Sessions Fires FBI Deputy Director Andrew McCabe The attorney general has fired former FBI official Andrew McCabe only hours before he planned to retire with full benefits. Justice cited a "lack of candor," but McCabe says he's a scapegoat.
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Sessions Fires FBI Deputy Director Andrew McCabe

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Sessions Fires FBI Deputy Director Andrew McCabe

Sessions Fires FBI Deputy Director Andrew McCabe

Sessions Fires FBI Deputy Director Andrew McCabe

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The attorney general has fired former FBI official Andrew McCabe only hours before he planned to retire with full benefits. Justice cited a "lack of candor," but McCabe says he's a scapegoat.

SCOTT SIMON, HOST:

Attorney General Sessions just fired a top FBI official last night just hours before he planned to retire with full benefits. Andrew McCabe is the former deputy director of the FBI. He's been a frequent target of President Trump. We're now joined by NPR justice correspondent Carrie Johnson. Carrie, thanks so much for being with us.

CARRIE JOHNSON, BYLINE: Good morning, Scott.

SIMON: Andrew McCabe put in more than 20 years of service at the FBI. What went off the rails here?

JOHNSON: Well, McCabe came under scrutiny for a lack of candor to Justice Department investigators last year. He got asked questions about his role in a Wall Street Journal story about the Clinton Foundation in 2016 during the presidential campaign. The issue is whether he was forthcoming with investigators. The Justice Department says McCabe lied under oath multiple times. But McCabe and his allies say he didn't mean to mislead anyone. He corrected the record when he could. Any mistakes he made were because of the chaos around him and the FBI.

SIMON: And about that chaos, I mean, President Trump certainly has shared his feelings about Andrew McCabe before and after the firing. What can you tell about what role the president's feelings played?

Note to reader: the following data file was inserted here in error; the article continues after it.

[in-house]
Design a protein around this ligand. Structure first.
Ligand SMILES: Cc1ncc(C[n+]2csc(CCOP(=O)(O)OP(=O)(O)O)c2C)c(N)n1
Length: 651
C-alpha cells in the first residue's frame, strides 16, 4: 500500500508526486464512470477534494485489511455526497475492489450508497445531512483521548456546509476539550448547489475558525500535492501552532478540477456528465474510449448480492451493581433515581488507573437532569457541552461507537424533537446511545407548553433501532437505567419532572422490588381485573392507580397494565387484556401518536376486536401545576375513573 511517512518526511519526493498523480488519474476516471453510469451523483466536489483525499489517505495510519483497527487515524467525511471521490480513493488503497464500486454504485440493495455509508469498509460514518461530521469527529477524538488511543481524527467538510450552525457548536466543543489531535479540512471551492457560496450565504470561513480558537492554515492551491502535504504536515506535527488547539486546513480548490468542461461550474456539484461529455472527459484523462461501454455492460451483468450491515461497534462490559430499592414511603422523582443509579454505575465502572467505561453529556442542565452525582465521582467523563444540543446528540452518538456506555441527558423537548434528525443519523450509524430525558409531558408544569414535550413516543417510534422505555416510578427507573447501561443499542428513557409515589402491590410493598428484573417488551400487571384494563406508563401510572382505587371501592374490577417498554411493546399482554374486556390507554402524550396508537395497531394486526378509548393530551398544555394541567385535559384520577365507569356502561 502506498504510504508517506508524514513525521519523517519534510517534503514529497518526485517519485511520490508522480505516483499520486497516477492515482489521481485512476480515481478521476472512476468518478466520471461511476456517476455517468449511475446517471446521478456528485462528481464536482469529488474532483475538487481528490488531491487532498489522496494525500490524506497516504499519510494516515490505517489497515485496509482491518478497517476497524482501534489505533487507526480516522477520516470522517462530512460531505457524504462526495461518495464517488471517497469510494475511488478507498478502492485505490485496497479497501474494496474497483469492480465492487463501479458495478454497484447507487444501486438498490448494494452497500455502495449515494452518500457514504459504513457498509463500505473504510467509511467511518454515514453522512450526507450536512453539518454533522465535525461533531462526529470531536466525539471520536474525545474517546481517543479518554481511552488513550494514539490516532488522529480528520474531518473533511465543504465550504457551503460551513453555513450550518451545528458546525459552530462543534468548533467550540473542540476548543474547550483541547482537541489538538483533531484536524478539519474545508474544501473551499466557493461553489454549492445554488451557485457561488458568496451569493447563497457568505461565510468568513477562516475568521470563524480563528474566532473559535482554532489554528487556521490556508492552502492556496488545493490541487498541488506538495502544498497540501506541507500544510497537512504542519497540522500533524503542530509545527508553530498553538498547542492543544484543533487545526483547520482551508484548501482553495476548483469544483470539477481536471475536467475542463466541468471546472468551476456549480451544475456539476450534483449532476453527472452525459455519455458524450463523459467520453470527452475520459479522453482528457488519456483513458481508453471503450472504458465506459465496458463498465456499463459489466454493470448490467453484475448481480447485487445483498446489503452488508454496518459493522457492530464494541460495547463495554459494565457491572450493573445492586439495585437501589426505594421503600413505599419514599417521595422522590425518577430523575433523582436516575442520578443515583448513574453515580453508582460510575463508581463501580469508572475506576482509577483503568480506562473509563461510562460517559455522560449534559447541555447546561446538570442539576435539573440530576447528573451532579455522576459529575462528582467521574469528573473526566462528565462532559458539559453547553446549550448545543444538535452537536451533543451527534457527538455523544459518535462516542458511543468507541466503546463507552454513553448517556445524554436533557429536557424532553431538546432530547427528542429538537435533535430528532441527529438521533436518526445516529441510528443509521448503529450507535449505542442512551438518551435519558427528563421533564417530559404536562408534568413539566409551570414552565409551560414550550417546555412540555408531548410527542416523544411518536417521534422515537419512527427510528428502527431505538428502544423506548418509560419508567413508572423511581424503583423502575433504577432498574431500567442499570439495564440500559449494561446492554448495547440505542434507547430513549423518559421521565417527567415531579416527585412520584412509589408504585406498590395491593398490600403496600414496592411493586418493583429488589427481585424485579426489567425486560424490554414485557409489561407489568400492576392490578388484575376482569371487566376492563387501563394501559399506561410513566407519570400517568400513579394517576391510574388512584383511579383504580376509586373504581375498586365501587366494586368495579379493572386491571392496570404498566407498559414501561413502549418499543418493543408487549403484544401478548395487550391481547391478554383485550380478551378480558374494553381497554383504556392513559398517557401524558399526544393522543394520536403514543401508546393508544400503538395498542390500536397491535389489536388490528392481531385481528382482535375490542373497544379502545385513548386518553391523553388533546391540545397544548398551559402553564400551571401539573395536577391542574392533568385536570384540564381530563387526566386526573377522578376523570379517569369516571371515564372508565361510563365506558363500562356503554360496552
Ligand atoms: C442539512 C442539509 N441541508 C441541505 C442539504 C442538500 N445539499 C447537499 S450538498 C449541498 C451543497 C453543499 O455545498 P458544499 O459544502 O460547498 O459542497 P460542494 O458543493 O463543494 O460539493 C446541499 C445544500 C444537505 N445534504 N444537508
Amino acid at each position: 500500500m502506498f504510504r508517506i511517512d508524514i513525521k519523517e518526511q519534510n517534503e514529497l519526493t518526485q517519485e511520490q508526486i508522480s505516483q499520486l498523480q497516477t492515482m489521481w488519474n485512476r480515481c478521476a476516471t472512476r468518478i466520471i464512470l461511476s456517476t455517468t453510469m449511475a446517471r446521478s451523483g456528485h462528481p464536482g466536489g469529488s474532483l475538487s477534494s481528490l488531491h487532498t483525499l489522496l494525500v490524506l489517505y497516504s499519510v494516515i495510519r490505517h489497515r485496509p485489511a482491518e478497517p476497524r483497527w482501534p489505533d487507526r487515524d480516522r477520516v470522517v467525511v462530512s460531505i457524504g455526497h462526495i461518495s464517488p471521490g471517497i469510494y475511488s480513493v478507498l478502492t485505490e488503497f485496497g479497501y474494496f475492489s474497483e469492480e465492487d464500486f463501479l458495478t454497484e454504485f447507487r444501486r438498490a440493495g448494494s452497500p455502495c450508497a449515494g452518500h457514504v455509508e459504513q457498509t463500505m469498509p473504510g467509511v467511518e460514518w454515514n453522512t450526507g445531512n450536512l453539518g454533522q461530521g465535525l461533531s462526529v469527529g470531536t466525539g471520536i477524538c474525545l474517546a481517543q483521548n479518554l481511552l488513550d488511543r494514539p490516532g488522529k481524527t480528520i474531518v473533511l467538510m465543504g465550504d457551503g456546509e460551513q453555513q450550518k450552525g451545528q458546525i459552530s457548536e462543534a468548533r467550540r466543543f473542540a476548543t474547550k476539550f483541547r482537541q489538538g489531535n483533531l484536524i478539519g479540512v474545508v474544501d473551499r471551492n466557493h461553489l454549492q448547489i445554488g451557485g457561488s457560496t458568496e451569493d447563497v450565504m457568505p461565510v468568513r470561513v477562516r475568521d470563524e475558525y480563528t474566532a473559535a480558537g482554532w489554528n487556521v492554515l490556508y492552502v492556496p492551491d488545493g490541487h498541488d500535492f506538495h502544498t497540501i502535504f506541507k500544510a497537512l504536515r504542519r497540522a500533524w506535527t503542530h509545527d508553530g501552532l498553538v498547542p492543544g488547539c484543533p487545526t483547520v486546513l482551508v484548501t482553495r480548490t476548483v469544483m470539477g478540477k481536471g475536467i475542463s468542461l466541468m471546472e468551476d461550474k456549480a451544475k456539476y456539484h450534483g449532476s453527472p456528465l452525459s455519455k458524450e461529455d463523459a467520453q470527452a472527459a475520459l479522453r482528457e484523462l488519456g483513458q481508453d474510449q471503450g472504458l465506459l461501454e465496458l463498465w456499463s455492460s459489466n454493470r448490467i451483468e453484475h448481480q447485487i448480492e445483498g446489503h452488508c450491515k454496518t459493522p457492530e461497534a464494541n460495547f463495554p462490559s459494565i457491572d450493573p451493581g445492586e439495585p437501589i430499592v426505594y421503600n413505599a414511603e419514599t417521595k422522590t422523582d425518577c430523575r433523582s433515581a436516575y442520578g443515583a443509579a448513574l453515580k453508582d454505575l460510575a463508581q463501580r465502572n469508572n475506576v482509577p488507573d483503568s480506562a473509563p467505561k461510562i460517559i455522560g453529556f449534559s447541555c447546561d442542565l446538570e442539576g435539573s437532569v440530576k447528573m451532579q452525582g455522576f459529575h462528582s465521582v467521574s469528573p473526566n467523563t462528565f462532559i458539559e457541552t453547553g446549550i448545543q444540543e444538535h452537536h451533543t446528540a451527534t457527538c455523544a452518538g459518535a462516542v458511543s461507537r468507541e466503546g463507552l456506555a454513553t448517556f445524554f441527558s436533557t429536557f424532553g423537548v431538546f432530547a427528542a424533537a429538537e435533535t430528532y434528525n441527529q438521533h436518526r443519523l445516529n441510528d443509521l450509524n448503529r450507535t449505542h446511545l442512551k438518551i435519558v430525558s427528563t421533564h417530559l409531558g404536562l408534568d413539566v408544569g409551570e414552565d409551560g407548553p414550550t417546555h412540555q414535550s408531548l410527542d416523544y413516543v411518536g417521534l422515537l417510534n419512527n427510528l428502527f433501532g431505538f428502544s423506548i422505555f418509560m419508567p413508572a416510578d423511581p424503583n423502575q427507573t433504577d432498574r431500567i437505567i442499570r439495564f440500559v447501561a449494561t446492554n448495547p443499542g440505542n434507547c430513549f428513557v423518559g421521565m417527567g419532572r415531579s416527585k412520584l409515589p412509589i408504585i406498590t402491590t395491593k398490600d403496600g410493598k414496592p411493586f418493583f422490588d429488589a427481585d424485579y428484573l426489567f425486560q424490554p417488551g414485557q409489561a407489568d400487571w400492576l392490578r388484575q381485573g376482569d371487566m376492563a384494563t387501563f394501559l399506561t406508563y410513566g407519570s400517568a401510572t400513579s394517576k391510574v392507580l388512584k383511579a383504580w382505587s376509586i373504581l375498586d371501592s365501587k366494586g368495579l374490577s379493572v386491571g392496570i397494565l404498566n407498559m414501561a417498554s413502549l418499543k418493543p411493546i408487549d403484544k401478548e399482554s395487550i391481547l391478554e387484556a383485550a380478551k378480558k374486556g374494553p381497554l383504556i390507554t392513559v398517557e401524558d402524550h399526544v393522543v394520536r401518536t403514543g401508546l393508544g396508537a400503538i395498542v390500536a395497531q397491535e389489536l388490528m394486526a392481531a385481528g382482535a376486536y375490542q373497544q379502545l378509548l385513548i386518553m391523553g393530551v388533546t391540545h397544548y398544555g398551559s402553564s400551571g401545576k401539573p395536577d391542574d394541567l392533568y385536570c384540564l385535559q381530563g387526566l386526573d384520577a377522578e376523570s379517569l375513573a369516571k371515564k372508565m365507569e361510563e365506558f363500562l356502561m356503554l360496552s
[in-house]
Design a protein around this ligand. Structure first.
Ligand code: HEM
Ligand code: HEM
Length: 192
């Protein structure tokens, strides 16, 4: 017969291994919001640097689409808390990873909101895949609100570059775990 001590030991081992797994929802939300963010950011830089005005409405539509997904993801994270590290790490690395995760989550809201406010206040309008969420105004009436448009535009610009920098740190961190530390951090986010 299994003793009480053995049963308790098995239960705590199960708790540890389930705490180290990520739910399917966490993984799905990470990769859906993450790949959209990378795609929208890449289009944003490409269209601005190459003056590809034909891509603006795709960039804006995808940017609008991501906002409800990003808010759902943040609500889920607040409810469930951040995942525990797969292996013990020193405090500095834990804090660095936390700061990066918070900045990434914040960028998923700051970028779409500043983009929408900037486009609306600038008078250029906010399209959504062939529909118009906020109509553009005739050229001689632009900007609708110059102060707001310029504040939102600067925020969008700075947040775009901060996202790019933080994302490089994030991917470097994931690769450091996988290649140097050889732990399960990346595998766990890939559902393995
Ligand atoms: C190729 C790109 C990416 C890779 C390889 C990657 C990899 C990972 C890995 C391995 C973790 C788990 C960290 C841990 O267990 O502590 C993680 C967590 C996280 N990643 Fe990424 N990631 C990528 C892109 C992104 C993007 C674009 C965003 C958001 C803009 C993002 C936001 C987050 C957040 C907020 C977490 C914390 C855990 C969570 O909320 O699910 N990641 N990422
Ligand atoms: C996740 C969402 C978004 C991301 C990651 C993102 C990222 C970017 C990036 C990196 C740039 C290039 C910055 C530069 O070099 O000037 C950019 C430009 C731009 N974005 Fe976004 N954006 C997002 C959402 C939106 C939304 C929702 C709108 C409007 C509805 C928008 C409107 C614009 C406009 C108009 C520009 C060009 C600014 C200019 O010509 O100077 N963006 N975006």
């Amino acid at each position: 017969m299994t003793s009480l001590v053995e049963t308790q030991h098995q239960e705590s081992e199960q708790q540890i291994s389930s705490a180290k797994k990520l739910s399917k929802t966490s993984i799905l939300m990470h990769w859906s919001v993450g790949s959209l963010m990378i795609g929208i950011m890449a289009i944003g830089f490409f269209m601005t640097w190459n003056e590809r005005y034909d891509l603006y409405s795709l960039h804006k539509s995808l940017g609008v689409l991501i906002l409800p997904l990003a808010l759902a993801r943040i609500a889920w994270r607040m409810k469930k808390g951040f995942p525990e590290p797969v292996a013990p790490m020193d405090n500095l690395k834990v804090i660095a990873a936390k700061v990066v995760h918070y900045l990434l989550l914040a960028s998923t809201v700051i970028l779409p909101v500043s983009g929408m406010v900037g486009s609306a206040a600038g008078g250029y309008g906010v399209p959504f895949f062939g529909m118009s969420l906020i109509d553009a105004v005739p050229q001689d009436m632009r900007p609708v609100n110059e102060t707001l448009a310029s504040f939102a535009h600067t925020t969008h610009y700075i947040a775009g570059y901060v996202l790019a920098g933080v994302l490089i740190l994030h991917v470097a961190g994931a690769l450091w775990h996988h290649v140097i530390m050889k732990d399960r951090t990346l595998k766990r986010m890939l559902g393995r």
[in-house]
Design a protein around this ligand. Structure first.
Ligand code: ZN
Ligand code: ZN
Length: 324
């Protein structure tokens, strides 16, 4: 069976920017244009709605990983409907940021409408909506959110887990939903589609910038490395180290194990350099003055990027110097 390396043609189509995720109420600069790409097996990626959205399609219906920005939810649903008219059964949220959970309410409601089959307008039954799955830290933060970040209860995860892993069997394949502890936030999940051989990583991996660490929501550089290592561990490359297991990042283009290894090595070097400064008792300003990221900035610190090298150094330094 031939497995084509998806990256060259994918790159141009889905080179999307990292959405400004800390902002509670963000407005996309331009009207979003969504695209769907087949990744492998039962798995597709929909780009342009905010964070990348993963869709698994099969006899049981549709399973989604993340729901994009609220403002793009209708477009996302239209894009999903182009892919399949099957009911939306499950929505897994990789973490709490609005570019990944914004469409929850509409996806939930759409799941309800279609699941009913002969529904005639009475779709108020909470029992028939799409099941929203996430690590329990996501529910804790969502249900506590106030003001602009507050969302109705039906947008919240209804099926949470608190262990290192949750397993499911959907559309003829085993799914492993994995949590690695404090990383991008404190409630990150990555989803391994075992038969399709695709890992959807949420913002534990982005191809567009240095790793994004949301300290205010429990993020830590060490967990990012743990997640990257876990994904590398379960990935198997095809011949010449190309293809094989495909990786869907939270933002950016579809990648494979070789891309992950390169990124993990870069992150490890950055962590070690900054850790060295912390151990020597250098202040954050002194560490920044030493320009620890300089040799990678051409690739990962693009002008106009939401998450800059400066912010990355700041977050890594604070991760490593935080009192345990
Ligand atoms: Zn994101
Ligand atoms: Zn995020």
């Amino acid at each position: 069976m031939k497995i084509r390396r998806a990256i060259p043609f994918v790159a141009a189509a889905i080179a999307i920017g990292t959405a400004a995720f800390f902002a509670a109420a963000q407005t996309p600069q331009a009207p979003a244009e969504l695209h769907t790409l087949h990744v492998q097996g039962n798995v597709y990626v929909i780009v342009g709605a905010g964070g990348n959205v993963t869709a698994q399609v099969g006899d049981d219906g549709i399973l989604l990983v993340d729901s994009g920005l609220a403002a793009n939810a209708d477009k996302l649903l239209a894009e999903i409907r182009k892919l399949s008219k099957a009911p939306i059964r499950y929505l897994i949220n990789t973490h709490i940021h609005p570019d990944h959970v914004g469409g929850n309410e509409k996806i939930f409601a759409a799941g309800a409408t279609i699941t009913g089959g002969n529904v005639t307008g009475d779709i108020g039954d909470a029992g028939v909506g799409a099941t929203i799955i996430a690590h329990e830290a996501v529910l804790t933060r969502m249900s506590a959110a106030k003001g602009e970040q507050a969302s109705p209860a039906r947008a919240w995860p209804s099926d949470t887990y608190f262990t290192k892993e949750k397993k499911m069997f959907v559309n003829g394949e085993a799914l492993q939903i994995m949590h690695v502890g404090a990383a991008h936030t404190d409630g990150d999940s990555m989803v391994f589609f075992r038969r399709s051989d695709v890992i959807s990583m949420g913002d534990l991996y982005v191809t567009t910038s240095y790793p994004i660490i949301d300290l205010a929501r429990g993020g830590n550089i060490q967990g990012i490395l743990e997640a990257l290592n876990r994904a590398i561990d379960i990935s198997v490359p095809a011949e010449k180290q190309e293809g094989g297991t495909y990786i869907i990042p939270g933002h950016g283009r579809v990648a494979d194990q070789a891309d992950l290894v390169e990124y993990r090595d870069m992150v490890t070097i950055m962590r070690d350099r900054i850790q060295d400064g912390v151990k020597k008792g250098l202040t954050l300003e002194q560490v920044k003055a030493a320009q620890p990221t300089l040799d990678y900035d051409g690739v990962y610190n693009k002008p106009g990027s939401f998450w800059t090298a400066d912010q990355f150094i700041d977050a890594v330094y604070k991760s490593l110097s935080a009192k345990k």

JOHNSON: Indeed, just hours after the firing, President Trump called it a great day for the FBI. Earlier this week, White House Press Secretary Sarah Sanders said any decision about McCabe's employment was in the hands of the Justice Department - Attorney General Jeff Sessions, to be specific. But she also called McCabe a bad actor and alleged he had a troubling record. Trump has been going after McCabe for months now over his wife's unsuccessful run for office in Virginia. But Trump couldn't get over the fact that even though McCabe said he got the all clear from ethics lawyers about his wife's run - that McCabe had some connection to politics in Trump's mind. And even though this final decision about McCabe's fate was in the hands of the Attorney General Jeff Sessions, remember, Scott, Sessions himself has been kind of on the endangered species list in the Trump cabinet for months now. He's not off the chopping block either, really.

SIMON: Andrew McCabe has been speaking out since midnight, hasn't he?

JOHNSON: He has. He's issued a written statement saying he's been the target of an unrelenting assault on his reputation - essentially calling himself a scapegoat, part of President Trump's broad attack on the FBI and the special counsel's Russia probe. McCabe says law enforcement has become politicized thanks to the Trump administration. And he's collateral damage in this attack the president is making on the FBI and the special counsel. McCabe's lawyer, Scott, says the Justice Department actually speeded up and distorted the discipline process in basically a mean-spirited move to strip McCabe of his pension only hours before he was supposed to retire.

SIMON: And what does it mean for his law enforcement pension? I mean, he served more than 20 years in the FBI.

JOHNSON: He did. And McCabe's birthday - his 50th birthday is tomorrow. That's why he was scheduled to retire and get his full pension with health care and other benefits. Now at least some of that is in jeopardy. McCabe may get money but less. And he may have to wait several years to collect it. Even if he does decide to sue, it's going to be a long process - bitter and really bad for morale at the FBI, which has already been under siege.

SIMON: NPR's justice correspondent Carrie Johnson. Thanks so much for being with us, Carrie.

JOHNSON: Thanks, Scott.

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